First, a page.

Triclosan and Antibiotic Resistance

Triclosan and Antibiotic Resistance

The New England Journal of Medicine recently published research regarding triclosan and its effect on bacteria.

Triclosan is a poly-chlorinated aromatic compound that targets fatty acid synthesis.  It is found in household items such as some toothpastes, deodorants, and shaving creams.  It is added to these products because of its antimicrobial properties.  Measurable levels of triclosan can be found in the urine of 10% of Americans.

Unfortunately, chronic low-level exposure to triclosan can lead to bacteria becoming resistant to medicinal antibiotics.  Two examples are multi drug resistant E. coli (a common cause of urinary infections) and multi drug resistant Staph (MRSA).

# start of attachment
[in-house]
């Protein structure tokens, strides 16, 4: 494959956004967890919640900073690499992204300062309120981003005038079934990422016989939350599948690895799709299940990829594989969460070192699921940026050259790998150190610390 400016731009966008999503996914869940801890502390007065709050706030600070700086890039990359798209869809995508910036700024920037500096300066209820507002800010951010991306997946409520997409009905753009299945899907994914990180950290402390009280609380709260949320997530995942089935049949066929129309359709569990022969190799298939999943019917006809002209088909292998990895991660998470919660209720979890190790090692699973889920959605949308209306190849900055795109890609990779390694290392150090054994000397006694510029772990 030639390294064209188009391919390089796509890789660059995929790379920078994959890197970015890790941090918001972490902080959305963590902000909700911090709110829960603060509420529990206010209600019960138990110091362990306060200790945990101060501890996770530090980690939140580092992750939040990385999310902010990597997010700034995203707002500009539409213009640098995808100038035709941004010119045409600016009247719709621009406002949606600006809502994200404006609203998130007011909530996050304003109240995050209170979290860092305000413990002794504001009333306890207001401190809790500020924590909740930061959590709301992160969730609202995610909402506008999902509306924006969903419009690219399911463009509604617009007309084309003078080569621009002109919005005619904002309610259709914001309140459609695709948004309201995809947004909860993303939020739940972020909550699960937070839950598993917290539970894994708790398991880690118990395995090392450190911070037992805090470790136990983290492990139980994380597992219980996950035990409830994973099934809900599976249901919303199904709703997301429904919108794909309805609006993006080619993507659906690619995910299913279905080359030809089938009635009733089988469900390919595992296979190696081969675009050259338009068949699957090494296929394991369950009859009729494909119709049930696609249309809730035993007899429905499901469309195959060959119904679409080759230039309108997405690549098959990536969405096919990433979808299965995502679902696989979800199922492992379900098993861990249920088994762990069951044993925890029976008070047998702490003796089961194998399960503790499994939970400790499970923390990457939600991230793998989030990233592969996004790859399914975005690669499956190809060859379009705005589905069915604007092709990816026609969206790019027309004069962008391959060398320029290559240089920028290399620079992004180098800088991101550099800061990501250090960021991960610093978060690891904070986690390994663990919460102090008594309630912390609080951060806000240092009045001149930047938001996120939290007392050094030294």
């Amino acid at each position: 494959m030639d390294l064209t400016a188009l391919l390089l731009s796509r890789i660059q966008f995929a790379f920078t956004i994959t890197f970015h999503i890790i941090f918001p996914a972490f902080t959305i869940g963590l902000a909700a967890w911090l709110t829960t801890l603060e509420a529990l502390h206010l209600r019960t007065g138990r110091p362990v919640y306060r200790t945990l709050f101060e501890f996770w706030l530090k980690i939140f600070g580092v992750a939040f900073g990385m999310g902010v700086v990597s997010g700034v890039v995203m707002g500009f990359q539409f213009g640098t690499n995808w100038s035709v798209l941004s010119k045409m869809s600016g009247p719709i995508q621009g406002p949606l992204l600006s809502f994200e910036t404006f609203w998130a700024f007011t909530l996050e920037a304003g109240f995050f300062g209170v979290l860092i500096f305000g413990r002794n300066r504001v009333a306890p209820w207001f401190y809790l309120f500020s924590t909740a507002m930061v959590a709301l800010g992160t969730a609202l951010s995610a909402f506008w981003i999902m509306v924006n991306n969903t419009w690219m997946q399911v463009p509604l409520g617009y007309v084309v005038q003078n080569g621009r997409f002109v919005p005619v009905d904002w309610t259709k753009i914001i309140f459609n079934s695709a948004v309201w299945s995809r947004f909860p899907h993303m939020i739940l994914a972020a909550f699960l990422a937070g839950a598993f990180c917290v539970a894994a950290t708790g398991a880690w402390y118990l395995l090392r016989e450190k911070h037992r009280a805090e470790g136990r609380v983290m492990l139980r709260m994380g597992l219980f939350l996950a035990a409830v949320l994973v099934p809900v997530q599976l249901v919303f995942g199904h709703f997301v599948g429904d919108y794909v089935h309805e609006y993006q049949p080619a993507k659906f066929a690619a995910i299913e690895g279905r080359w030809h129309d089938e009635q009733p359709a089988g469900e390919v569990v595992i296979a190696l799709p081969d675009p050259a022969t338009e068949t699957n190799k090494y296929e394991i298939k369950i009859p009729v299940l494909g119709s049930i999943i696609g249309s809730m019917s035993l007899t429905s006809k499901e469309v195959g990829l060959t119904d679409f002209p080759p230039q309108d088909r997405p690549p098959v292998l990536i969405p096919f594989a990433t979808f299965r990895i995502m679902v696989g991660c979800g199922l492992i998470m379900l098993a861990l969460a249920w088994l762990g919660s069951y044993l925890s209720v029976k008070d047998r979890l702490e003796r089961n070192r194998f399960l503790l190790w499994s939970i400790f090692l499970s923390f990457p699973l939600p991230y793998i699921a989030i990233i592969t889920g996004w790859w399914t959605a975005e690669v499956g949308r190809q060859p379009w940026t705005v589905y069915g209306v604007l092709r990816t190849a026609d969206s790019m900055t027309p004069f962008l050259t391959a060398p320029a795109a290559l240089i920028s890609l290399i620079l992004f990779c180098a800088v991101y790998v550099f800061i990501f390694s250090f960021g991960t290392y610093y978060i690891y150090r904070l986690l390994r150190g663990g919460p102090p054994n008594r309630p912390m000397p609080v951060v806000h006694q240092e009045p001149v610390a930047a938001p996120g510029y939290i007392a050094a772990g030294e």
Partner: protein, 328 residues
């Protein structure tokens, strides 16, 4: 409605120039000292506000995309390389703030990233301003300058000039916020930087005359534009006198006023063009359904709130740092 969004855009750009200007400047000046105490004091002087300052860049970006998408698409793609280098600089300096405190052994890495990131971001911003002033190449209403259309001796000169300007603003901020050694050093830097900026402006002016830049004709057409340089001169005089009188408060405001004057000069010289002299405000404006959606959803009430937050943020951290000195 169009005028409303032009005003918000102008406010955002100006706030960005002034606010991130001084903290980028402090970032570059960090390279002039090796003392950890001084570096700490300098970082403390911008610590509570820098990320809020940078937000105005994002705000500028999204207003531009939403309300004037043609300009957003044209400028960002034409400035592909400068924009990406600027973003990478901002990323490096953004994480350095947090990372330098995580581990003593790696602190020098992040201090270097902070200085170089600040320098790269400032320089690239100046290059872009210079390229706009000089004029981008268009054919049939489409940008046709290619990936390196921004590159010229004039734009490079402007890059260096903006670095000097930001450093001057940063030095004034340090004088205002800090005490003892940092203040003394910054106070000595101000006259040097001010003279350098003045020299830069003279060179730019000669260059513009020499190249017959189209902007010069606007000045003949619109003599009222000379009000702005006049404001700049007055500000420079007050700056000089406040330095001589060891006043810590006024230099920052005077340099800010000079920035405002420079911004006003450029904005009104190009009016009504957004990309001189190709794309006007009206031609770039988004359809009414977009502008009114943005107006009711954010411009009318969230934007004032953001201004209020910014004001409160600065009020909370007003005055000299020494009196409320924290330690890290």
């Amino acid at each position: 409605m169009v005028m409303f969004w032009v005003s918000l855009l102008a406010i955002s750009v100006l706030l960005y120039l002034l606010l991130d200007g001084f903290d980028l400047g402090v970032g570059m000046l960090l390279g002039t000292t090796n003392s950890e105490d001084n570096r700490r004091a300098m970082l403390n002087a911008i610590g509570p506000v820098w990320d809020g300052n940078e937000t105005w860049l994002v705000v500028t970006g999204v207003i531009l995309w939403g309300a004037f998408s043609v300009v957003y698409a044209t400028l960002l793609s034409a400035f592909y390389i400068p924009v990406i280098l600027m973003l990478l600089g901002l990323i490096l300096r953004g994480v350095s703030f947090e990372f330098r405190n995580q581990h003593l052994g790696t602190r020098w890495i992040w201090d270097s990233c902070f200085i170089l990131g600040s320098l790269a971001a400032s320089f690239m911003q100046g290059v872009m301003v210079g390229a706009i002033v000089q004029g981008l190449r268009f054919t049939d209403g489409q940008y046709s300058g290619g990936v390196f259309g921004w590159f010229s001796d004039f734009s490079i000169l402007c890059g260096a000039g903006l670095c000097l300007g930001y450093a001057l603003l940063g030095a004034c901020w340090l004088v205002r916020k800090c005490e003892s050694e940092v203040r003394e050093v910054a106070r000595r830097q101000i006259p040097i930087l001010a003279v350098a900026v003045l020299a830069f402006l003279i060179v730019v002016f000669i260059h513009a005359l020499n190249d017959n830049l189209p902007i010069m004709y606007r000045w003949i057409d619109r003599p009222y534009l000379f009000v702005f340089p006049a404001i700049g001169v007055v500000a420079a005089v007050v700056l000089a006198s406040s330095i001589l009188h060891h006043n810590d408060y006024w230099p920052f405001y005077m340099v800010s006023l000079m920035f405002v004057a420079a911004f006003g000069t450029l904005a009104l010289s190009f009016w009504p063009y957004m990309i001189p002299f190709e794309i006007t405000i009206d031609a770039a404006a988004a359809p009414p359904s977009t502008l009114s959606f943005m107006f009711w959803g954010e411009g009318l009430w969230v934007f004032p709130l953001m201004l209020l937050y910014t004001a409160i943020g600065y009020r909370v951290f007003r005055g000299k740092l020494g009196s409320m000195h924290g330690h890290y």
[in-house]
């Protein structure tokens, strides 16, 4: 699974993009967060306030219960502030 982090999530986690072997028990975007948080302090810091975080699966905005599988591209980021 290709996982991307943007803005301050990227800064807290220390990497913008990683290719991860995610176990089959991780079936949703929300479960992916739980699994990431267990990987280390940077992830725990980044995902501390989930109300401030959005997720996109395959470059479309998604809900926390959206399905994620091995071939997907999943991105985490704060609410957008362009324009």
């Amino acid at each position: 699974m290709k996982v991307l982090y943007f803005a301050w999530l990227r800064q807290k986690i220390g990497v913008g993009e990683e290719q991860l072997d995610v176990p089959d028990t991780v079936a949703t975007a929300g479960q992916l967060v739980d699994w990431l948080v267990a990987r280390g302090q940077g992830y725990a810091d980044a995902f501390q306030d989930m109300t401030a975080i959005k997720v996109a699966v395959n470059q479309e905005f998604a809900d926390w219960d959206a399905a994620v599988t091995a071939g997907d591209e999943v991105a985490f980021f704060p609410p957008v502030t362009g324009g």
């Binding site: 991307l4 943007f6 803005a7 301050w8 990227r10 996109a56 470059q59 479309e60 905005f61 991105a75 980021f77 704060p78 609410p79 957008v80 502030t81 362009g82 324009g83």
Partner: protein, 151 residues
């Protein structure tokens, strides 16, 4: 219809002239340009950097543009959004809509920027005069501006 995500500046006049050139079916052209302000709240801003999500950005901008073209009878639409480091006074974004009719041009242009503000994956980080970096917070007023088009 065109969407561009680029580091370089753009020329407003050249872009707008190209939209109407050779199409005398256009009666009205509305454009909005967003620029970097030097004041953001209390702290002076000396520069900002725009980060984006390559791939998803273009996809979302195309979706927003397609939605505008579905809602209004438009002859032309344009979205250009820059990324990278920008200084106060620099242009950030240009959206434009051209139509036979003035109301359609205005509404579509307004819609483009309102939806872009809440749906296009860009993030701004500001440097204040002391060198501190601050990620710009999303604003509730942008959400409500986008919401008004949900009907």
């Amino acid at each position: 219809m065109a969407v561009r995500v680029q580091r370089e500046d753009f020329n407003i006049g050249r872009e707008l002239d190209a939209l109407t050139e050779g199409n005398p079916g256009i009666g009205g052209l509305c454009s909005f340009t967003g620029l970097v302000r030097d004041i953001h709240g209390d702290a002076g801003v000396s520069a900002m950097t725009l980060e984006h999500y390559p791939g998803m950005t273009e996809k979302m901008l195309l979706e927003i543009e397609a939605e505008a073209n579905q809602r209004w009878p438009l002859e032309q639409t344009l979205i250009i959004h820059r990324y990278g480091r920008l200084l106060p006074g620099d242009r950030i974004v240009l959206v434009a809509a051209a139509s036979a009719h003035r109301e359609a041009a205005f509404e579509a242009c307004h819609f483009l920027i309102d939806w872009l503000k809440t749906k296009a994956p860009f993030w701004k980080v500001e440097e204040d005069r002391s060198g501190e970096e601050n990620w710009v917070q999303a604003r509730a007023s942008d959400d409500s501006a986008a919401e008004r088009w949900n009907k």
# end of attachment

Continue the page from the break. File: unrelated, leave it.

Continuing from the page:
The FDA has banned the use of triclosan in soaps for this reason.  But unfortunately, this prohibition does not include other commonly used products.

Other than promoting antibiotic resistant bacteria, there is also an impact of triclosan on the normal human flora (the microbiome).  The long-term health consequences of changes in microbiome have yet to be studied.

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